Just a little update on what’s going on in my workroom. I’ve been working on this t-shirt quilt for over a month now. Part of the long time was that I had to wait for backing fabric that I ordered. But I’ll tell you some of the ups and downs in the construction of this quilt. Here’s a photo of the quilt before quilting.
There were only six t-shirts so the customer had Spoonflower print some of the school logos onto knit fabric. The printed fabric was wonderful. And the cost was very reasonable. The knit fabric they used was a high quality, and I was able to fuse and zigzag the logos into blank areas of the existing t-shirts. I used red and blue which are the school colors, and the customer helped design the borders. I love this design as it is very geometric and the quilt is for a scientist/teacher.
Because of the dark color on the front, a dark color was chosen for the backing. I ordered a couple of different fabrics, but in the end chose to use a Fusions dark blue print. I had used a black Fusions on the back of a table runner a couple of Christmases ago and found that because it is not a yarn-dyed fabric that little white spots show in many places where the needle comes through. This is not bearding of the batting, but just the nature of longarm machine quilting. I use a “smaller” needle (size 18), but this still happens. I know that this will disappear after the quilt has been washed a couple of times, but it bothers me to give this back to a customer. The lesson I learned is that I will only use yarn-dyed dark backings in the future. Kona cotton comes to mind – as I think this will work well.
As for batting, ideally for a dark backing one would use dark batting. However, with the white shirts on the front, this was definitely not advisable. And then the thread question came up. For t-shirt quilts, I always use Monopoly by Superior Threads. It is a very, very fine monofilament made of polyester. This seems to me to be a better selection than using a nylon thread as polyester is so very durable. In the bobbin I used Aurifil Mako50 dark blue to match the backing. Normally thread tension is not a problem for me, but with this quilt it was a problem throughout the entire quilt. Little dark dots showed up randomly on the front of the quilt. I do believe that washing this quilt will seat those threads in the batting and all will be well, but it was very frustrating to one who normally has very few issues with thread tension. There was one little section that I have removed the threads and will put the quilt back on the frame and restitch that area.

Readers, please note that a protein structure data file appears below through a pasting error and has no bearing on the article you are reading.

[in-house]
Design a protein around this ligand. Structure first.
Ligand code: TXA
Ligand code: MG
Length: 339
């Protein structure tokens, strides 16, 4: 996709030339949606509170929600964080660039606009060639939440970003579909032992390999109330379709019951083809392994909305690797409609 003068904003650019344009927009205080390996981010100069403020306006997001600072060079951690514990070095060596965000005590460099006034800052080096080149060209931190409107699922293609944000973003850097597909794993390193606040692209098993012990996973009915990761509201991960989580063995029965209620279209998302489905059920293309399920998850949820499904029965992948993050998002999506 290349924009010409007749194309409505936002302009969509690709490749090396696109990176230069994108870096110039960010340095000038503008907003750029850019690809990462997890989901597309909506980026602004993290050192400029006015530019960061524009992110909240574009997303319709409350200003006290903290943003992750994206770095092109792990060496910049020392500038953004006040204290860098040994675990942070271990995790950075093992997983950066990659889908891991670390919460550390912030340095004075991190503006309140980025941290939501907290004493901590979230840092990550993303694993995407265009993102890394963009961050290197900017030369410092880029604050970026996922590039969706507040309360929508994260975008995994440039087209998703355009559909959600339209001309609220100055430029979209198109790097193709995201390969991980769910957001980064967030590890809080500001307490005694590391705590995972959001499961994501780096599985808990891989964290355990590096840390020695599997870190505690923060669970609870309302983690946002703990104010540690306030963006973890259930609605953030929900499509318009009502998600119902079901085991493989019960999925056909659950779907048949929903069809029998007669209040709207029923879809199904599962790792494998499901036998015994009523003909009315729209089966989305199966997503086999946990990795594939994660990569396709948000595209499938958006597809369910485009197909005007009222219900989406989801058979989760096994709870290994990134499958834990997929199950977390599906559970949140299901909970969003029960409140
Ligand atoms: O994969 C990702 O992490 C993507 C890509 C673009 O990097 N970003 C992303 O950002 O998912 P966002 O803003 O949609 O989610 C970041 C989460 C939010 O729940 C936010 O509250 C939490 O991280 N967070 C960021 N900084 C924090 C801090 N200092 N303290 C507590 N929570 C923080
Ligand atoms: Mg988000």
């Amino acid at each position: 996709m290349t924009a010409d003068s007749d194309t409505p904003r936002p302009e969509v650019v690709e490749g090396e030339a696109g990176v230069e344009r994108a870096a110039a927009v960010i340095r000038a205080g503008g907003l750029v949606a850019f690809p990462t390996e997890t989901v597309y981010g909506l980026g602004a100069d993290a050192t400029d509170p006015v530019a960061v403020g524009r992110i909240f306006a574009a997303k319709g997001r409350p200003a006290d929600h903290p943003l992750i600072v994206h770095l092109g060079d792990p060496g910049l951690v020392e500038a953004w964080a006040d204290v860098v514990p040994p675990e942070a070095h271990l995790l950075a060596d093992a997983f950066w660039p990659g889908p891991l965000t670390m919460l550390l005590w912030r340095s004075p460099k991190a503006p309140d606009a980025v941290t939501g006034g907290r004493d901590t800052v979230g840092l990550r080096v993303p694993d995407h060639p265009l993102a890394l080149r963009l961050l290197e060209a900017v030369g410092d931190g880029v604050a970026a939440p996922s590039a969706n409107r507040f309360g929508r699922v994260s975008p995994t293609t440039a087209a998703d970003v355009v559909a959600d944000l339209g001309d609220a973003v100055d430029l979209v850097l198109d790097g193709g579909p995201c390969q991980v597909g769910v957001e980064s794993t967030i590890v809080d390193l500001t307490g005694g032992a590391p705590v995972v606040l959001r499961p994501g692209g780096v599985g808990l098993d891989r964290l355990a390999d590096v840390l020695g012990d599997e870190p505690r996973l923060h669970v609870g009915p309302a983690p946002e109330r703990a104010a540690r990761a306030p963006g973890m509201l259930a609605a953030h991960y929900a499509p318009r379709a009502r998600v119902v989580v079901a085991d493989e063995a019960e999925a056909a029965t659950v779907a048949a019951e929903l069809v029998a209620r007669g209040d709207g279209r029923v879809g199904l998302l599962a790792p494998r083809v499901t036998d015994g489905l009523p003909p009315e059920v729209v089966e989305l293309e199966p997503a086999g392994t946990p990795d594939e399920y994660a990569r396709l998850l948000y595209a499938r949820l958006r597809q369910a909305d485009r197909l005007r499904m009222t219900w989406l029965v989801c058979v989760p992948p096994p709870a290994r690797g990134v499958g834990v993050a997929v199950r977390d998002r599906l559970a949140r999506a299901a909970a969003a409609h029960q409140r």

As always I cut the sashing strips with my Accuquilt GO, and I used EQ7 for the layout. I love being able to take digital photos, import them into EQ7 and layout t-shirt quilts exactly the way they will turn out.
It’s a beautiful quilt – but not “easy as pie” this time.